Severe as were the losses in this battle, they formed only a small part of the injury suffered by the Federal army. Its morale was seriously impaired. The lack of confidence in the commander was shared by officers and men. Burnside at length became aware of this, and offered his resignation, which was accepted; and on the 26th of January, 1863, Hooker was placed in command. Only three days before Burnside had drawn up an order dismissing him from the service.

Hooker set himself at work to improve the discipline of his army. By the middle of April it was in admirable condition. Besides 12,000 cavalry, who were sent upon a separate expedition, he had 120,000 men. Lee, who had strongly intrenched himself, had sent away nearly all his cavalry, with many of his infantry, and had 62,000. Hooker resolved to move up the Rappahannock, cross above the extremity of the Confederate line, and then descend, taking the enemy in the rear; a strong force meanwhile being left behind to demonstrate, or if occasion served, to attack in front.

The turning operation was begun on the 28th of April, and on the afternoon of the 30th the columns, 45,000 strong, were concentrated at the solitary house known as Chancellorsville, in the centre of the Wilderness, eleven miles from Fredericksburg. During the night Sickles’s corps came up, raising the force to more than 60,000. Hooker was fairly justified in believing that “the enemy must either fly ingloriously, or come out from his intrenchments and give battle on our own ground, where certain destruction awaits him.” But he had neglected the one thing then needed for certain success. A march of two hours would have taken him clear, out of the Wilderness. Directly between him and Fredericksburg were only Anderson’s division of 9,500; Early with 10,000 was just below the town, and Jackson with the remainder of Lee’s army was a score of miles further down the river.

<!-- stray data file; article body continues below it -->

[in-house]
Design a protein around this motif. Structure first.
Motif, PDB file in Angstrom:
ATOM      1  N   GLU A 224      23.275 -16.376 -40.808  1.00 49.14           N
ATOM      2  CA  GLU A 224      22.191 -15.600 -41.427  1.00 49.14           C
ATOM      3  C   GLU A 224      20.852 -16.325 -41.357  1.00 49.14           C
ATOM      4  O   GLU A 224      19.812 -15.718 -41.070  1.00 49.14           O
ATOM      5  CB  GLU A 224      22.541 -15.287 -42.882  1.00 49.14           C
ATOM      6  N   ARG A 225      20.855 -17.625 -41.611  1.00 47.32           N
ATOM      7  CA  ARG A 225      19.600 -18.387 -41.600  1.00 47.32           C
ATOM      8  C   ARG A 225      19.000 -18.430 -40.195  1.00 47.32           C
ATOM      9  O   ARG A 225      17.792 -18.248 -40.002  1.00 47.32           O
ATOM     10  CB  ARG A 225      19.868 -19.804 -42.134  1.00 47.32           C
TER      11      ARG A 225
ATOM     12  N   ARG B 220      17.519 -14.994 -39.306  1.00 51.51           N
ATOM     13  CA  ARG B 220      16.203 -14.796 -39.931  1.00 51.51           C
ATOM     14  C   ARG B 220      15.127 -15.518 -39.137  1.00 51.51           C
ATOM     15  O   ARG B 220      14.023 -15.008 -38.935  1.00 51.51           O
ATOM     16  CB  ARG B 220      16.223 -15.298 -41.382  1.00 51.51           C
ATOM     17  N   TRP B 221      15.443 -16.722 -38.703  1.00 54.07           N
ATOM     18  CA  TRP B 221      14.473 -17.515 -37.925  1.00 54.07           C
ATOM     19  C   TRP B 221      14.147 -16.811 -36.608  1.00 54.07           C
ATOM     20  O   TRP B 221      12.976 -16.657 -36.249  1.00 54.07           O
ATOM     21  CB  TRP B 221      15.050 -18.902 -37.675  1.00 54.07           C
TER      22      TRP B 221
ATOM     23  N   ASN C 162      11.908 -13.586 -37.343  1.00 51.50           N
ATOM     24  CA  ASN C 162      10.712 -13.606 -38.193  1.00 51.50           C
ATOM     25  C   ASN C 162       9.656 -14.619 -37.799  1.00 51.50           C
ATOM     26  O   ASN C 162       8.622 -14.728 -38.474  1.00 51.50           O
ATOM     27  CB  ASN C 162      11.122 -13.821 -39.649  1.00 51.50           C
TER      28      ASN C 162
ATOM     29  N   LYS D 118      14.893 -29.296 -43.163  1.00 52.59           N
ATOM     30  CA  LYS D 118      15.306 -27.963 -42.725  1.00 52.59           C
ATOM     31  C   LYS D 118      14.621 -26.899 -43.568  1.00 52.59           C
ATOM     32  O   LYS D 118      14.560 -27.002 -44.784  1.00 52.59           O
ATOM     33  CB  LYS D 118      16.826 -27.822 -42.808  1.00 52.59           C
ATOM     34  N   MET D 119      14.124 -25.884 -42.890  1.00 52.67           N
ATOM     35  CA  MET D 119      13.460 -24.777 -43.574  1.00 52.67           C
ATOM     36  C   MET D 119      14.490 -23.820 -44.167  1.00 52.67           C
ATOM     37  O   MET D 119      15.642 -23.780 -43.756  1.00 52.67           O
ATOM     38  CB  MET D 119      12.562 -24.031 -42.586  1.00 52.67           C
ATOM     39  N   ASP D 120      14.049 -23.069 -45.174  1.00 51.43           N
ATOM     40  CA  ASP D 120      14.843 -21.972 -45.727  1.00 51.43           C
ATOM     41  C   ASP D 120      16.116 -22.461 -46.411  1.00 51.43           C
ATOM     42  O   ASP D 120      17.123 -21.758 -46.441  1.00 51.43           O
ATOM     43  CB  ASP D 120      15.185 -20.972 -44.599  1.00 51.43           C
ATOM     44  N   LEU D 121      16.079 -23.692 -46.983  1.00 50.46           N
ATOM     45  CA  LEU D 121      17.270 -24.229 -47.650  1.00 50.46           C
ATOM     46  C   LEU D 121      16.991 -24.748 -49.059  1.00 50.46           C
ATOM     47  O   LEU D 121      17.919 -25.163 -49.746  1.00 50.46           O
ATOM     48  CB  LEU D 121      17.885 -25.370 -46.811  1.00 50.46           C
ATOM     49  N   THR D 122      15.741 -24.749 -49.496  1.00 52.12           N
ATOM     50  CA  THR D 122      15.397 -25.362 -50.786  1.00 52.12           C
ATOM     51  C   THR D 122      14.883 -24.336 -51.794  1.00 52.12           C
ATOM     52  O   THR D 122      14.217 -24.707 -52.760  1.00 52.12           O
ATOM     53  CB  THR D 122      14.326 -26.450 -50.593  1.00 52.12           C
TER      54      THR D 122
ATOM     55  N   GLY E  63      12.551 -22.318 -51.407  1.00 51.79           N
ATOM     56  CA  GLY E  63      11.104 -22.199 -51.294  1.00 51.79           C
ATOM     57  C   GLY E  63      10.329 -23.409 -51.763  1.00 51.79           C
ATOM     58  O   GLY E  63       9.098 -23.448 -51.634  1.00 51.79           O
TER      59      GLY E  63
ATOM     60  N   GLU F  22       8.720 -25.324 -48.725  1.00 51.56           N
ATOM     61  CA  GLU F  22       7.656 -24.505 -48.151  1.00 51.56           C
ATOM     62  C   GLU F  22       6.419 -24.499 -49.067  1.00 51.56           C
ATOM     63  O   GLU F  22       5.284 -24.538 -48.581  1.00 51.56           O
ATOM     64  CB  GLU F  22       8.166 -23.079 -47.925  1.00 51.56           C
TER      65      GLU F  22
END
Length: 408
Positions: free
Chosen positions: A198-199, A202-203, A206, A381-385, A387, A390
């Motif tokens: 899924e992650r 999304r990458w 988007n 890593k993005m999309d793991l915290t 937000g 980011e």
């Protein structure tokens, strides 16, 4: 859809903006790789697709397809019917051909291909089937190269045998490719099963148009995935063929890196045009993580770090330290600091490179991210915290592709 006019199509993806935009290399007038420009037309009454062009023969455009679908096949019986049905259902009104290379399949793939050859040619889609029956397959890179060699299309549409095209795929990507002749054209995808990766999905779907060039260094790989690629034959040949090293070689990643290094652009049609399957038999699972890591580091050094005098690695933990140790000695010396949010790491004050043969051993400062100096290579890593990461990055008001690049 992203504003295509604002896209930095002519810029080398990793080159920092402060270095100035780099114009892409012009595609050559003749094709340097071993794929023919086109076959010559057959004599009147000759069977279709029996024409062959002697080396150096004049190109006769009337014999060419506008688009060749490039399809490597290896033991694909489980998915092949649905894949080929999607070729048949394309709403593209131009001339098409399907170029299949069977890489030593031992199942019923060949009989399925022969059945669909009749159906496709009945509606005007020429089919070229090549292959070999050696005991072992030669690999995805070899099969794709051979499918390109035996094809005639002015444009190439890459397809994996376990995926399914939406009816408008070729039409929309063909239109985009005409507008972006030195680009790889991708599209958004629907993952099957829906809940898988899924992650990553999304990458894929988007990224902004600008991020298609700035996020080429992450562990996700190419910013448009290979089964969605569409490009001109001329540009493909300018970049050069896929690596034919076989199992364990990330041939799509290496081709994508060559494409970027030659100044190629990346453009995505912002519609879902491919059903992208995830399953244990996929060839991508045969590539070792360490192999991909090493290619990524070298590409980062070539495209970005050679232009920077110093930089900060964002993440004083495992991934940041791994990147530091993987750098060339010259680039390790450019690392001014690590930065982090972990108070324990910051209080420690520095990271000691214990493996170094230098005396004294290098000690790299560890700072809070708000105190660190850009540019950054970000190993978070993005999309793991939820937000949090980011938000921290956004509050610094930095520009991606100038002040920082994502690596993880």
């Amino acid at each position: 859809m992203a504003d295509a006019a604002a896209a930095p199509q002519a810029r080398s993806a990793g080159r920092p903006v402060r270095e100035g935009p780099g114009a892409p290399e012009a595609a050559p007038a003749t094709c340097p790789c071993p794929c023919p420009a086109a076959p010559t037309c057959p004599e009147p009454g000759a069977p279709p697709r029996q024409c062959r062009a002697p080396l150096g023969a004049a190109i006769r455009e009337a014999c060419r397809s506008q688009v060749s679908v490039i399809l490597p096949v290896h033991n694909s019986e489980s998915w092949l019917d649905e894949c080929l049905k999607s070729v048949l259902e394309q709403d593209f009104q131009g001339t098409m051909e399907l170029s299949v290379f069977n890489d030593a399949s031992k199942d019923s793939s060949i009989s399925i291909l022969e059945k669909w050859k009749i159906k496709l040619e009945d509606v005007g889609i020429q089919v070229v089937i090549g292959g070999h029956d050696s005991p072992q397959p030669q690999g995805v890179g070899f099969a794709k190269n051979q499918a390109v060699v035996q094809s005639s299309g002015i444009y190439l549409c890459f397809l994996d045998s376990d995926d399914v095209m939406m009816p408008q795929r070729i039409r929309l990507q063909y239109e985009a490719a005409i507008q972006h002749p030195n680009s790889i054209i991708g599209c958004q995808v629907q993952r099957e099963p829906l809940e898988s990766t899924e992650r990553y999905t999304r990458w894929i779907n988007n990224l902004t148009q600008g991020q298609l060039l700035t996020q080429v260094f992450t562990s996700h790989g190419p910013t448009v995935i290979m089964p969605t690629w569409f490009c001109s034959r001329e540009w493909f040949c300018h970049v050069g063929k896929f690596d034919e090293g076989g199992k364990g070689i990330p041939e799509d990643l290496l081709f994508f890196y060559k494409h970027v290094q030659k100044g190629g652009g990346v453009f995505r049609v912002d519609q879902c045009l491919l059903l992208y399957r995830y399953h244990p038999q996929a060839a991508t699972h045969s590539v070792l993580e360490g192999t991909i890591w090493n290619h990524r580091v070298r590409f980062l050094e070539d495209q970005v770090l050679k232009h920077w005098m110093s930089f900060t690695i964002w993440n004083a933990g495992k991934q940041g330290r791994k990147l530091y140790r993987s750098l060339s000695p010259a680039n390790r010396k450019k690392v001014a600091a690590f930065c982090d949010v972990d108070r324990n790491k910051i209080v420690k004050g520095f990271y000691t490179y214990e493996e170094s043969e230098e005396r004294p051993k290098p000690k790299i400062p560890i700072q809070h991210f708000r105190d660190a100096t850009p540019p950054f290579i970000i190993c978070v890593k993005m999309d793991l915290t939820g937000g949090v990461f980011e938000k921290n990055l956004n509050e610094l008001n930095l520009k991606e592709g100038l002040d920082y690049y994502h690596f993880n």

Lee had been taken by surprise, and the night was far spent before he learned that his rear was threatened. How formidably he did not anticipate; and resolved to attack this flanking column, he ordered Jackson to come up. The long march began at midnight; and when on the morning of Friday, May 1, Hooker began to move, he found the Confederates, less than 50,000 strong, drawn up ready to receive him as he emerged from the Wilderness. After some skirmishing, Hooker fell back into the Wilderness to await an attack instead of giving it.